The most recent major production of the play was at the National in London, where Nick Hytner re-set the play to contemporary London. Suddenly Timon’s story seemed sadly apt: Shakespeare’s treatment of the relationship between profligacy and debt – and the human and societal cost of bankruptcy – seemed stunningly relevant when re-set to the City of London shortly after the 2008 Crash. And the direction of the poet in the play – performed not just as a sycophant but as a parasite –  highlighted the Faustian pact that artists enter into when they seek patronage from the wealthy.



In the lead role, Simon Russell Beale (shown above) was (as ever) sympathetic and charismatic.  And the production’s  design and direction managed the difficult trick of making the play seem contemporary without contrasting too heavily with the original text.

But the production didn’t quite dispel my feeling that this is a very odd play. The shift from the first to the second half is thematically interesting but theatrically confusing: Shakespeare matches Timon’s wealth with formal dynamism, while his impoverishment is performed in much longer, more plodding scenes. And where Lear’s loss of everything makes him massively sympathetic, Timon remains difficult to care for.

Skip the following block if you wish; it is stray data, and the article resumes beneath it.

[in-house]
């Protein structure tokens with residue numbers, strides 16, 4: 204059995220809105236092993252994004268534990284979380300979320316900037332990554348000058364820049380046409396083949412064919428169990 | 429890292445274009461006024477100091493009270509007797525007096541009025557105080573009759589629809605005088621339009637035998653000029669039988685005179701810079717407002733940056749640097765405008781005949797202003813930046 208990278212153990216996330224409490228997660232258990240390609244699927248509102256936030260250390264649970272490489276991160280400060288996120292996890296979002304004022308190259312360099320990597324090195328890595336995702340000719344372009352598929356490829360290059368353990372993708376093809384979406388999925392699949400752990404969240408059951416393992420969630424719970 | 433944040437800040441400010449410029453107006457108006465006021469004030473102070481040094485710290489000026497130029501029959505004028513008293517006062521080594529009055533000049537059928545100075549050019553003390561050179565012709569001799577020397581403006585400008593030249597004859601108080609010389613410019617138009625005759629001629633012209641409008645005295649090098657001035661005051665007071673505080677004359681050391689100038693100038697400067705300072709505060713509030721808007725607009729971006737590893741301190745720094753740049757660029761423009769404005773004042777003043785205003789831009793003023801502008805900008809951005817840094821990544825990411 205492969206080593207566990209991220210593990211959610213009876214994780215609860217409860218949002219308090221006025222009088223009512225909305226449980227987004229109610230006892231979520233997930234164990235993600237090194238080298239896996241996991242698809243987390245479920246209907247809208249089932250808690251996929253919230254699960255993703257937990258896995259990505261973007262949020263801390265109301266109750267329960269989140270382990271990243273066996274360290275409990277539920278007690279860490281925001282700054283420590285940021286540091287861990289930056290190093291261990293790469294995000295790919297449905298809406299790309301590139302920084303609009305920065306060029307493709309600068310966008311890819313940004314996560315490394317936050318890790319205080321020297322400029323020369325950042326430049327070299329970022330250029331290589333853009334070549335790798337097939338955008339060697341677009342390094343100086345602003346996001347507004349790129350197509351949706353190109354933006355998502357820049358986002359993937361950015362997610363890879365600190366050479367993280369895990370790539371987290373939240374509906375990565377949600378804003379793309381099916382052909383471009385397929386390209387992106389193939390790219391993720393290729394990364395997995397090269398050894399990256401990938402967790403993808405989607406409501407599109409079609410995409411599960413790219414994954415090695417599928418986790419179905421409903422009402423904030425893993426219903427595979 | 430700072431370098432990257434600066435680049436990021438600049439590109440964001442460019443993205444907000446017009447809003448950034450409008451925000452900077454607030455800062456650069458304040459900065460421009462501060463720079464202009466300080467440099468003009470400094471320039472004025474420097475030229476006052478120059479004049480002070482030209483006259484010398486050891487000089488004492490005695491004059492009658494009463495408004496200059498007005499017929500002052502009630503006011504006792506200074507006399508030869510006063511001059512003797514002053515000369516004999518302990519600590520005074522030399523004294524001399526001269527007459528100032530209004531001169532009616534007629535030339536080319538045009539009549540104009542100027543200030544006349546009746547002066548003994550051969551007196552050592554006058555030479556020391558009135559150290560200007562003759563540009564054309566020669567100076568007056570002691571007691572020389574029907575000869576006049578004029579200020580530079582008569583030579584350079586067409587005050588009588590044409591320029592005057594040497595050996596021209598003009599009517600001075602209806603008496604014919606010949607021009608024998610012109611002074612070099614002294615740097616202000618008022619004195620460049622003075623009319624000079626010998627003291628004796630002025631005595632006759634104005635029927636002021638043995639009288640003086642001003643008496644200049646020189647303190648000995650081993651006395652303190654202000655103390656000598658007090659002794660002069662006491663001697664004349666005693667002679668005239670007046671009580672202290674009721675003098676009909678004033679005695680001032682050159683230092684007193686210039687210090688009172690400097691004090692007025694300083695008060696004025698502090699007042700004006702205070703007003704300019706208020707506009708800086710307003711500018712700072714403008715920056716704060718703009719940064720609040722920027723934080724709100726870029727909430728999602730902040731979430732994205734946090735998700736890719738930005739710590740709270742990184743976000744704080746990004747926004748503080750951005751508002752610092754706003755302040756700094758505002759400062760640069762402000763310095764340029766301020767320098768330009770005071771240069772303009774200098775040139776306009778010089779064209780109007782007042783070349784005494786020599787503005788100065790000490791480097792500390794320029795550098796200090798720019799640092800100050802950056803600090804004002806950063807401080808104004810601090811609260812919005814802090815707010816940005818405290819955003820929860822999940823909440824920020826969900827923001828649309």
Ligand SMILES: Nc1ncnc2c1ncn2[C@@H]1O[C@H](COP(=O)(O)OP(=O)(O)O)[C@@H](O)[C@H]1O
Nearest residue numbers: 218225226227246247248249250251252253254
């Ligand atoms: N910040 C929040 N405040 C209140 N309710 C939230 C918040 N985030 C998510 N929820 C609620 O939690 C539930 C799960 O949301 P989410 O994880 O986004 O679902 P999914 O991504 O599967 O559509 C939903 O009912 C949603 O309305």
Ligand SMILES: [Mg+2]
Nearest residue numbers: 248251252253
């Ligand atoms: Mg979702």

Hytner addressed these problems with some careful cutting (as well as the inclusion of some passages from Coriolanus), but my feeling about the production was that it found a way to stage Timon that could not be repeated: Hytner had chosen it for a specific time and place, and it had meaning in that context. But could it be revived or toured? Not without the loss of something, I think.

So it’s a play that needs to be cut and/or adapted. Hytner’s adaptation offered one approach; the 1817 version was also an adaptation and it’s likely that the versions staged in the 1700s  were not of the original play but of Thomas Shadwell’s version (this is certainly true of the 1714 production). The AC Productions staging of the play is described as an adaptation – so it will be interesting to see what they make of it.